To cover up their high, outstanding, accounts receivable balance as a result of booking sales that did not occur, Peregrine fraudulently engaged in financial agreements with banks. Evidently, Peregrine Systems increased its revenues by pressuring distributors and resellers to build up their inventories. Through secret side or oral agreements Peregrine distributors and resellers were not obligated to pay Peregrine for their software inventories. This conduct obviously became a problem. If they could not sell Peregrine’s software, they would receive their money back. According to GAAP, revenue recognition on the sale of software requires evidence that an arrangement must exist, delivery must have occurred, vendor’s fees must be fixed or determinable, and collectability must be probable before recognizing revenue. Peregrine falsely recorded this transfer of inventory to distributors and resellers as revenue.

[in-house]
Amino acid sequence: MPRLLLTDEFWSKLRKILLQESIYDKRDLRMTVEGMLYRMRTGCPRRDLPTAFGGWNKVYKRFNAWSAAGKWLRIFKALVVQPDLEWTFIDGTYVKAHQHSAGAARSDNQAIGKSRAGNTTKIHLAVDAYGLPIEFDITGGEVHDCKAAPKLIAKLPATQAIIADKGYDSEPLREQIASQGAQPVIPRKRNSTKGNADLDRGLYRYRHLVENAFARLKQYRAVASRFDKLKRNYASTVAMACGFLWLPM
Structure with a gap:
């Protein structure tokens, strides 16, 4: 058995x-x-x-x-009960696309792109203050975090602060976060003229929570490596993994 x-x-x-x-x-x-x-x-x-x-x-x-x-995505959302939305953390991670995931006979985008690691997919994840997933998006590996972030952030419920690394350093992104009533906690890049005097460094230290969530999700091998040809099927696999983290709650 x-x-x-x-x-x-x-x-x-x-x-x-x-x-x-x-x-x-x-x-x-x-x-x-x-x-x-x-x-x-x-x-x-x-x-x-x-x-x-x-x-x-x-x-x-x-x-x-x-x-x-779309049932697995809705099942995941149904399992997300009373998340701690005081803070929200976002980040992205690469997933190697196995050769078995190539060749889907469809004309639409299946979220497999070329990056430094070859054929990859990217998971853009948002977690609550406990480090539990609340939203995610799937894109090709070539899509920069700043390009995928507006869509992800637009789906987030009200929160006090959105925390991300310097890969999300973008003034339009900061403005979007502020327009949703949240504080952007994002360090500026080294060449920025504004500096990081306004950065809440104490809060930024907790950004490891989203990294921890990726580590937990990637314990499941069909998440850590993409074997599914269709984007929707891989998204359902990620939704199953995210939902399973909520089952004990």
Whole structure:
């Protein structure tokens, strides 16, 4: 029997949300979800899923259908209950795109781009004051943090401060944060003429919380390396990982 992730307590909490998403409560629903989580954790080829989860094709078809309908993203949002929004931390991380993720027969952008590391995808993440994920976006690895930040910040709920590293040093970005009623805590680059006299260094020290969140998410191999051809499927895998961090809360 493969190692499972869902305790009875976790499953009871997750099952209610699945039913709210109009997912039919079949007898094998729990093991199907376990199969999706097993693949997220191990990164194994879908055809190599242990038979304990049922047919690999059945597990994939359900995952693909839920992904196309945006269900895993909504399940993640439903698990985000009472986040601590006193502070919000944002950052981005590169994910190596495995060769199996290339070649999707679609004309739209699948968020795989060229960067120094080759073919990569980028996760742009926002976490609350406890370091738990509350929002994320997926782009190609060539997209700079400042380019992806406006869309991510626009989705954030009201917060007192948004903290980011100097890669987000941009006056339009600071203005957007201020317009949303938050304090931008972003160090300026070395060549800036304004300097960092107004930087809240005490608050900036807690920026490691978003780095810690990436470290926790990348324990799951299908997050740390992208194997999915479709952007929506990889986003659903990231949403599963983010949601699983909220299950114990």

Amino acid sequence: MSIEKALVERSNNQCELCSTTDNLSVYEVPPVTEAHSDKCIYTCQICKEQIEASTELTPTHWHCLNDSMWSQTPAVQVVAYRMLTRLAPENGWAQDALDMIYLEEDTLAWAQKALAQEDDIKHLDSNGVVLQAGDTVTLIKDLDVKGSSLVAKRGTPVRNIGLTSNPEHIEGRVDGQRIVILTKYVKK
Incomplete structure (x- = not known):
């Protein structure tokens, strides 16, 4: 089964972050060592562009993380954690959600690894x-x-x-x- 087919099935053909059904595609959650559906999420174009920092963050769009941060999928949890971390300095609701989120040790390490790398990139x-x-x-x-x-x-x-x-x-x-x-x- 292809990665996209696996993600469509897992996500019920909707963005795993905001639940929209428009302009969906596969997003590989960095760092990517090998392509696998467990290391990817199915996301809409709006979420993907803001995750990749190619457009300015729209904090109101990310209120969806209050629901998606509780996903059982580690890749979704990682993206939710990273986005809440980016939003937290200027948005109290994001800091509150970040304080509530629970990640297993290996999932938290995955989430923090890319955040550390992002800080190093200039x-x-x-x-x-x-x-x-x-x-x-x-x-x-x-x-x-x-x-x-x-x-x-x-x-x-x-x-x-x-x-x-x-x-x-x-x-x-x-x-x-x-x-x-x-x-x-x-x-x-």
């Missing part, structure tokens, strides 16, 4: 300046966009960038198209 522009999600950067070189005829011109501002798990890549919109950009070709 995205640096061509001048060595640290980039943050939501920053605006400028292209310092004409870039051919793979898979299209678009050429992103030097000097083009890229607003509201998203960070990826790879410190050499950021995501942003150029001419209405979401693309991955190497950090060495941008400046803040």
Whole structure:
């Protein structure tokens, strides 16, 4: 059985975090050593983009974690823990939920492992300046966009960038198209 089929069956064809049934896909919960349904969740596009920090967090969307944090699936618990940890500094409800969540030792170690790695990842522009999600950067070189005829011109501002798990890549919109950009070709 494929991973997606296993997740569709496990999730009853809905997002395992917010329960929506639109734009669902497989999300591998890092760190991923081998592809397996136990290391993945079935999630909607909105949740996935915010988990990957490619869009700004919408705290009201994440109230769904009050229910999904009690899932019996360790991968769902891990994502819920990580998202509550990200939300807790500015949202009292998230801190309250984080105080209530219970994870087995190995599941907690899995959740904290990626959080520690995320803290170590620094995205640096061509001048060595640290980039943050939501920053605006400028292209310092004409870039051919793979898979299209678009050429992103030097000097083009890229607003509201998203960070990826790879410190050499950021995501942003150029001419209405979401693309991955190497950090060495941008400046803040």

Peregrine officers, sales personnel, and channel partners knew through secret oral or written side agreements, that the channel partners were not obligated to pay Peregrine, but that Peregrine would later negotiate sales to end-users and arrange for the payment to `flow through’ them; the channel partners had 30 days or more to back out of the software license contracts; or if the channel partners were unable to resell Peregrine’s software licenses, they could invoice Peregrine for `services’ in a dollar amount equal to what they had not resold.” Peregrine falsely recorded as much as $225 million by falsely recognizing revenue in this way and recording it as a “non-substantial transaction,” which was in violation of GAAP revenue recognition criteria for software sales. By violating GAAP revenue recognition criteria, revenues and stockholders’ equity was overstated, and liabilities were understated. As a result of recognizing revenue without actually making a sale, Peregrine accumulated a large number of receivables on its balance sheet that would not or could not be paid. To remove the receivables from the balance sheet, to avoid suspicion, and to lower the days’ sales outstanding number, Peregrine assigned almost $141.6 million of its accounts receivable balance to a bank.